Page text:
CHAPTER 1 — A Pox on Bright
In front of a fieldstone cottage, on a crisp spring morning, Risse Leyeadote and her leggy, dark-eyed daughter, Faia, hugged each other goodbye.
Faia pulled away first and grinned. “I love you Mama. I will see you soon.”
“Such a hurry. My youngest daughter cannot wait to abandon me for the flocks and the fields.”
“Oh, Mama –!”
Risse laughed, then held out a wrapped packet and a necklace. “Take these, Faiachin. I have more than enough jerky here to get you to the first of the stay-stations, and I have finished the work on a special amulet — added protection against wolves. And I am sending my love. You have your erda?”
“Knife? Herb bag? Matches? Needles? . ..”
Faia nodded at each item on her mother’s list until finally she burst out laughing. “Mama! How many years have I been taking the flock upland? I have everything I need. I will be fine, the sheep will be fine, the dogs will be fine, and I will see you in late summer with a nice bunch of healthy lambs and fat ewes.”
Her mother smiled wistfully. “I know, love. But it is a mother’s job to worry. If I did not, who would? Besides, I miss you when you are not here.”
Faia’s face grew serious for a minute. “I always miss you, too, Mama — but it will not be forever.”
Her mother nodded. “Have you said your goodbyes to Rorin or Baward yet?”
Faia caught the conspiratorial inflection and winked. “To Rorin, yes. Last night. Baward is going to meet me at the Haddar Pass pasture in a month, and we are going to — ah, graze the flocks together for a few days.”
“Are you, now?” Her mother smiled a bit wistfully, remembering long summers in her own youth spent “grazing the flocks” with one young shepherd or another. “Remember to use the alsinthe, then. Well, I’m glad you aren’t going to be up there alone the whole time. Really, Faia, there seem more wolves than usual this year. Do not forget to set the wolfwards. Not even once. Remember, Faljon says ‘Wolves need not knock at the door that’s open.'”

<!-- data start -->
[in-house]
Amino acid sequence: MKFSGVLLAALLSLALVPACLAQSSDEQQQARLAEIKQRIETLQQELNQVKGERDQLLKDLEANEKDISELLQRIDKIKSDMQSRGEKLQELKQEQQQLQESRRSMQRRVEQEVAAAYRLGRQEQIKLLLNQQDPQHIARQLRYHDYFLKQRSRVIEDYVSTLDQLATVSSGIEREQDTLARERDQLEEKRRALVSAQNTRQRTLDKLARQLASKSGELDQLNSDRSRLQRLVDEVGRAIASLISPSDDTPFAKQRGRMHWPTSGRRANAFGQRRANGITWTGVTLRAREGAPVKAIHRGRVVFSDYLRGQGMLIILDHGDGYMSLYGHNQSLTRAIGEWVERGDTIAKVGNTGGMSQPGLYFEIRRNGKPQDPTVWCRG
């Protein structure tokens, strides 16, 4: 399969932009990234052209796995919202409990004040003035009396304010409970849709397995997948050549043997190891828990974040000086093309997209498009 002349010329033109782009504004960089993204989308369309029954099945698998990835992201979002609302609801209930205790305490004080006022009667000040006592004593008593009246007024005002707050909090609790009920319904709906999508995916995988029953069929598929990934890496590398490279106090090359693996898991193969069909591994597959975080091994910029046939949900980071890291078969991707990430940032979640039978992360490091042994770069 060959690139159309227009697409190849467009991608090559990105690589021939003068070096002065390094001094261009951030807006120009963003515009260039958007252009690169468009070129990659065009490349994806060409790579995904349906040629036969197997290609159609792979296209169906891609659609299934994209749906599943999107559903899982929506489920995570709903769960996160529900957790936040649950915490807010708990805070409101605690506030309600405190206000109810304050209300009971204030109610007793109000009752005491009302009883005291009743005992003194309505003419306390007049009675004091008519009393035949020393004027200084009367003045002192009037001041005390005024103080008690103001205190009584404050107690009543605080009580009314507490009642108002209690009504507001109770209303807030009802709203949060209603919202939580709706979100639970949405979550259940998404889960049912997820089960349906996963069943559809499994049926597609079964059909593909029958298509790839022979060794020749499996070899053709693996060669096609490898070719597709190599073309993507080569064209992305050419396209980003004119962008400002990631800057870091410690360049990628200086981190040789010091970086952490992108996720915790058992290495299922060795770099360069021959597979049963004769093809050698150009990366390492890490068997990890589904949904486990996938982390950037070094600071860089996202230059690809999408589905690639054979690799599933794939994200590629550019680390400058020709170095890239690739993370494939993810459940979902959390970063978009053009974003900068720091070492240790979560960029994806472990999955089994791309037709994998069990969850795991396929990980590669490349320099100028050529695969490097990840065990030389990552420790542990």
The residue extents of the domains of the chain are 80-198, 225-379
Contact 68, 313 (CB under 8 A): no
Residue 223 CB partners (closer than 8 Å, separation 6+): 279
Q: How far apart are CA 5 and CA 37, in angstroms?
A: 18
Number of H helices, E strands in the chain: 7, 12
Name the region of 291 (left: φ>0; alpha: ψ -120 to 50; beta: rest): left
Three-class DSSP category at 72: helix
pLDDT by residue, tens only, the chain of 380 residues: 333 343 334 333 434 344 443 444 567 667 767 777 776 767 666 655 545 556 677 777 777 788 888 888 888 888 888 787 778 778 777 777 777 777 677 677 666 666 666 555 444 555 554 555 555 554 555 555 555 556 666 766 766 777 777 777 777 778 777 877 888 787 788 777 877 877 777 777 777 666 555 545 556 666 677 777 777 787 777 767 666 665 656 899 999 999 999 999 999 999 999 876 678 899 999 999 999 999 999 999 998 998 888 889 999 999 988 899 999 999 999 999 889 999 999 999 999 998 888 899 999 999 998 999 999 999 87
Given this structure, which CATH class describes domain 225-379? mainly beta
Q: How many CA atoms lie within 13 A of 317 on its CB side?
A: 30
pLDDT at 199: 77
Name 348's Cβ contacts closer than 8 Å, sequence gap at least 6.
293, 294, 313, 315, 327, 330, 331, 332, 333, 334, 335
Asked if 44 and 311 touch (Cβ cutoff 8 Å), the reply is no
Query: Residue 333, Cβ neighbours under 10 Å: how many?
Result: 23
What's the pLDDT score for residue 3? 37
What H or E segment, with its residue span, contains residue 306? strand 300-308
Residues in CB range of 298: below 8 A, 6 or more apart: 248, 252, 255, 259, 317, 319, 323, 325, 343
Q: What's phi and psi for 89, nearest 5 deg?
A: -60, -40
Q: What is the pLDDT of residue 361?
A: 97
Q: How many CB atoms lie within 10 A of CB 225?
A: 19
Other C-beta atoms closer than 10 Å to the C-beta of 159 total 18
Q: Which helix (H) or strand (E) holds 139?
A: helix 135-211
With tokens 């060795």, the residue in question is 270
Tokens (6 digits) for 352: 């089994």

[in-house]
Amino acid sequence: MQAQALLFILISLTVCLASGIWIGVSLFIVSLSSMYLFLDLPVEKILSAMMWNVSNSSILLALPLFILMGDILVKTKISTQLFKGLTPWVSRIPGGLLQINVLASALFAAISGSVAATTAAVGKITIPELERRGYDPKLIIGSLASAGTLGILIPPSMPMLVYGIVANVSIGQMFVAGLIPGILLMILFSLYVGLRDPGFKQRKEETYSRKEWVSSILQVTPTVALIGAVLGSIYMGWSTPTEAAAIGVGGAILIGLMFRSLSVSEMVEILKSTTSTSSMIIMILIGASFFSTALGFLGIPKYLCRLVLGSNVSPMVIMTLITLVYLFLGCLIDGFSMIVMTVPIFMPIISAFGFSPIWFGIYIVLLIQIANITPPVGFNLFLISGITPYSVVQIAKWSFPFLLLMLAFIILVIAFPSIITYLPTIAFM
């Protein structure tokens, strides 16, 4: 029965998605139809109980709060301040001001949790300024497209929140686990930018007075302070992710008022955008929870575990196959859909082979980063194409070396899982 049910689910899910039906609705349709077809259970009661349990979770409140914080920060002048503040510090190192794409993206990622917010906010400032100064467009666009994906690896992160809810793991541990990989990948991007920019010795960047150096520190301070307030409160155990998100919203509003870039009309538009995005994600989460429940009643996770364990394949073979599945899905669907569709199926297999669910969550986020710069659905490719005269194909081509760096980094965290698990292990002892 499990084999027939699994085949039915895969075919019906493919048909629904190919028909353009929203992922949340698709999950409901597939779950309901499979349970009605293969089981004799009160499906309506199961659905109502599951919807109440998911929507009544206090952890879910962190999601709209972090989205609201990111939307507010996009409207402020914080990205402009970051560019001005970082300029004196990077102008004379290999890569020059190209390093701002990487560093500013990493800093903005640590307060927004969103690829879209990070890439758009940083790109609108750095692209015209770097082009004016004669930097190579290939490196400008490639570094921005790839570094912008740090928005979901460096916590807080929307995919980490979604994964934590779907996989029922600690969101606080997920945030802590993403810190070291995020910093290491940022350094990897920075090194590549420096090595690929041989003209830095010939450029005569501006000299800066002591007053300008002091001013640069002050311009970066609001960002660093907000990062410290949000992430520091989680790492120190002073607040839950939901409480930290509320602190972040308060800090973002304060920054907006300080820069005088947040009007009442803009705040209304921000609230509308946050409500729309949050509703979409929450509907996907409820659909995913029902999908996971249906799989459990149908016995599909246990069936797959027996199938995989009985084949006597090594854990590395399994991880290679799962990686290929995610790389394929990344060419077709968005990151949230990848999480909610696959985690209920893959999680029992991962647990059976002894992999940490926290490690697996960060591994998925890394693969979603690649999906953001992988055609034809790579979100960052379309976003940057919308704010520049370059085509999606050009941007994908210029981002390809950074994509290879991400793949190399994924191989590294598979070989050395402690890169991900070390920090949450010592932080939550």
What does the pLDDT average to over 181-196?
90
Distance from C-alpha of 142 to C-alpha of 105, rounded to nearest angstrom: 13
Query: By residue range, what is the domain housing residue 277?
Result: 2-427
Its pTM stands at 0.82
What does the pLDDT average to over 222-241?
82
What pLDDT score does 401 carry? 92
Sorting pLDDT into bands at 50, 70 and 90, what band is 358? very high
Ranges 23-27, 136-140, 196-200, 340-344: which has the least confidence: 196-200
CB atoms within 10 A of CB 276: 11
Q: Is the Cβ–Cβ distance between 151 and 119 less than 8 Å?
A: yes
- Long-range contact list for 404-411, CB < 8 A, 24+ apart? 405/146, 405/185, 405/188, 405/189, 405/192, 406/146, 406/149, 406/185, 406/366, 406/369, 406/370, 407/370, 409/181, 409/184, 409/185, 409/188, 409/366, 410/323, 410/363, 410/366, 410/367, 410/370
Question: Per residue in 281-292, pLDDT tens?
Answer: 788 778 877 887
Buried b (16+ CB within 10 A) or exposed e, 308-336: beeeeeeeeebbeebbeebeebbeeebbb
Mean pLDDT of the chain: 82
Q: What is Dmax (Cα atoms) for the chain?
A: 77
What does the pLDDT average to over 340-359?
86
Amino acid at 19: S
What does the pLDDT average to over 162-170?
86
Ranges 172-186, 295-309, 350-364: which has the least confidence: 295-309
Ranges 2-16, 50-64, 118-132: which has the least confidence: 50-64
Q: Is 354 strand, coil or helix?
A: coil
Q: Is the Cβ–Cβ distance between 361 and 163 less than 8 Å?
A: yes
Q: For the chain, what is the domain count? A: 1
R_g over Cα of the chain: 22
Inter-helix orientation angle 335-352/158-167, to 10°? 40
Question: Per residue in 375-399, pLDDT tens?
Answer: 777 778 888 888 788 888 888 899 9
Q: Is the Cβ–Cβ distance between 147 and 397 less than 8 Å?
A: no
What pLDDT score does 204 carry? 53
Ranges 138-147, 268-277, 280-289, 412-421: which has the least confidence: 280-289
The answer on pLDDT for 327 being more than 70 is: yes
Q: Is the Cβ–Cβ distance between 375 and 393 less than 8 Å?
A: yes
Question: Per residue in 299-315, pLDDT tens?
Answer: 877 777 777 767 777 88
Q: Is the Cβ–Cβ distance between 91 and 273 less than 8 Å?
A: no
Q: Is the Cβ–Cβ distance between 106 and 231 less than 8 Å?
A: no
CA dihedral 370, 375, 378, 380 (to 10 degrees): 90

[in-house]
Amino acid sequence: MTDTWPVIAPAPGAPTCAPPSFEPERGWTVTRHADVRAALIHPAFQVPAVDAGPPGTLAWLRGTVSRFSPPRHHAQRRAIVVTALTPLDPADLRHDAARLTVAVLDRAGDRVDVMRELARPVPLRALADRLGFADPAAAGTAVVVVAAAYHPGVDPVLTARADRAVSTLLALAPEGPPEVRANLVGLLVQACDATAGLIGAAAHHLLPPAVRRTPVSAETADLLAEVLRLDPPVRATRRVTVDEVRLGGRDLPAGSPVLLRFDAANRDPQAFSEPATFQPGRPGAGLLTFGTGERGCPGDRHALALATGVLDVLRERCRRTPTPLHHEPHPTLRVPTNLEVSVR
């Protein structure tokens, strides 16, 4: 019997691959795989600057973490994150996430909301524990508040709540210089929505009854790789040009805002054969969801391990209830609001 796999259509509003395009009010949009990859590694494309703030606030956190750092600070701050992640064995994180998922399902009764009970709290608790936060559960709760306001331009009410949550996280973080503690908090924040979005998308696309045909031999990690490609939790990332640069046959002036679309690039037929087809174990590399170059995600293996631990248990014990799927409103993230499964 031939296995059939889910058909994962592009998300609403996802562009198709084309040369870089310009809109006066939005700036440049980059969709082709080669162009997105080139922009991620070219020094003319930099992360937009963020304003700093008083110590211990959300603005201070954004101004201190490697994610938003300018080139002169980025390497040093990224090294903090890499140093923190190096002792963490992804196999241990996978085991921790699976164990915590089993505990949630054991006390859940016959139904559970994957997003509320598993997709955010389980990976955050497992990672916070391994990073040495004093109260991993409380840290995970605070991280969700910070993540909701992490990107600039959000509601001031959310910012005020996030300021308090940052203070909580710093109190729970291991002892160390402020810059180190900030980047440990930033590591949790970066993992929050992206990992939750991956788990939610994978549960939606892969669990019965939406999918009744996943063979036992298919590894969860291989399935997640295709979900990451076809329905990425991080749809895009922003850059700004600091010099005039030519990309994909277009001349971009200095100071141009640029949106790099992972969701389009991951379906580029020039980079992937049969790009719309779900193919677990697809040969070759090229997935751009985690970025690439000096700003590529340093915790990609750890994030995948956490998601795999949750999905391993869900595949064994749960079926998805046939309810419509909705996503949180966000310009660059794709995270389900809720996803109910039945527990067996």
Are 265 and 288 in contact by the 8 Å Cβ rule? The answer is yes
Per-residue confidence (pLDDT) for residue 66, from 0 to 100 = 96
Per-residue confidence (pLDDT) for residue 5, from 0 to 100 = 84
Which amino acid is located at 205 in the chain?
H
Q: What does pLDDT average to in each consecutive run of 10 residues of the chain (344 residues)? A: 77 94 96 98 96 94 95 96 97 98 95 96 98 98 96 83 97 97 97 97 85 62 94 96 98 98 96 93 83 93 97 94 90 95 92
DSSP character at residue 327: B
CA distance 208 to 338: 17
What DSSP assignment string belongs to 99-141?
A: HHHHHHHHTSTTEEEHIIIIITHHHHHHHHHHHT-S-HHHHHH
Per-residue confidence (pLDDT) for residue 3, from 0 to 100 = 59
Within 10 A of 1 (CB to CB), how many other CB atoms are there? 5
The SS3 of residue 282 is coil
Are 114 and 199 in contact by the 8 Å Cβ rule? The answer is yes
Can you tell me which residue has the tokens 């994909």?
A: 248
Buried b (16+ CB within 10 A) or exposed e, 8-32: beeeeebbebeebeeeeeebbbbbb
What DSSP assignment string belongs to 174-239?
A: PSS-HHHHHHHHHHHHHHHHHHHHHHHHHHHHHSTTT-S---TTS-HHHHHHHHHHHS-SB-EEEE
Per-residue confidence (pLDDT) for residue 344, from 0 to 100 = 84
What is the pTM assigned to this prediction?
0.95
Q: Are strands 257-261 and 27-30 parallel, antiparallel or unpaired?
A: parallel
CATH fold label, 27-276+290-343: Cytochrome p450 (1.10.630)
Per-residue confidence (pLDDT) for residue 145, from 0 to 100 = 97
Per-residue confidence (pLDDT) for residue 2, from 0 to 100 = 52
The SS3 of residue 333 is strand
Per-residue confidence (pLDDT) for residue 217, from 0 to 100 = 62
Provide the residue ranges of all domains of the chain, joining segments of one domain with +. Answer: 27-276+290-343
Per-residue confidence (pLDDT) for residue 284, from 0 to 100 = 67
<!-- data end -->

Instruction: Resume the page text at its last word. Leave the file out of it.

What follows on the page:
Faia hugged her mother again, then whistled for the dogs. “I know, Mama. I know.” She hung the brightly colored chain of the silver-and-wolf-tooth amulet around her neck and tucked the jerky into one of the pockets of her heavy green felt erda. “Love you, mama.”
“Love you, too, Faiachin,” she heard her mother call when she was halfway down the slope to the pasture.
Faiachin, Faia thought, and winced. Sometimes she still thinks I am five years old instead of nineteen.
Chirp and Huss, black-and-white streaks of barking energy, were under the fence and hard at work before she could even get across the stile. They needed little direction for her to pack the sheep into a nice tight bunch and get them moving to the gate. Diana, the old yellow-eyed lead goat, knew the routine too. She trotted up to Faia and stopped. Faia put the supply harness on her, and checked to make sure the bags on either side were securely attached. The bags held emergency rations for Faia and the dogs and coins for the stay-stations. They also made Faia’s pack lighter, and she was grateful for that.
Faia scratched the goat behind the ears and tapped her once on the rump with her staff to hurry her to her place at the front of the flock. That done, the flock, the dogs, and she moved onto the narrow two-rut cart-path that would dwindle to a dent in the grass by the time they got to the highlands.
The sheep, their bellies already starting to swell with lambs, looked oddly naked after the shearing. They trotted after Diana while Chirp and Huss ran vigorously at their heels, nipping and barking and otherwise trying to demonstrate to Faia that they were the only reason the sheep were going anywhere. Faia suspected a fair amount of the show at this point was just because the dogs were so damned glad to be heading for the highlands again.
And as for her —
She started whistling. The tune was “Lady Send the Sunshine,” but she thought up some words for the chorus and switched abruptly from whistling to raucous singing.
“No damned shearing
No more carding,
No more spinning
And no dyeing!
No more weaving
And no sewing —
Flocks must to the uplands go.”
She liked it enough that she trilled it a few more times, getting louder and louder with each rendition, until with her last chorus, she threw in some silly dance steps with her brass-tipped staff as her partner.
The trees that lined the lane arched over her head, blossoming or barely greening; spring smelled fresh and earthy and new; and, Lady, it is good to be on my way and free! was the thought foremost in her mind.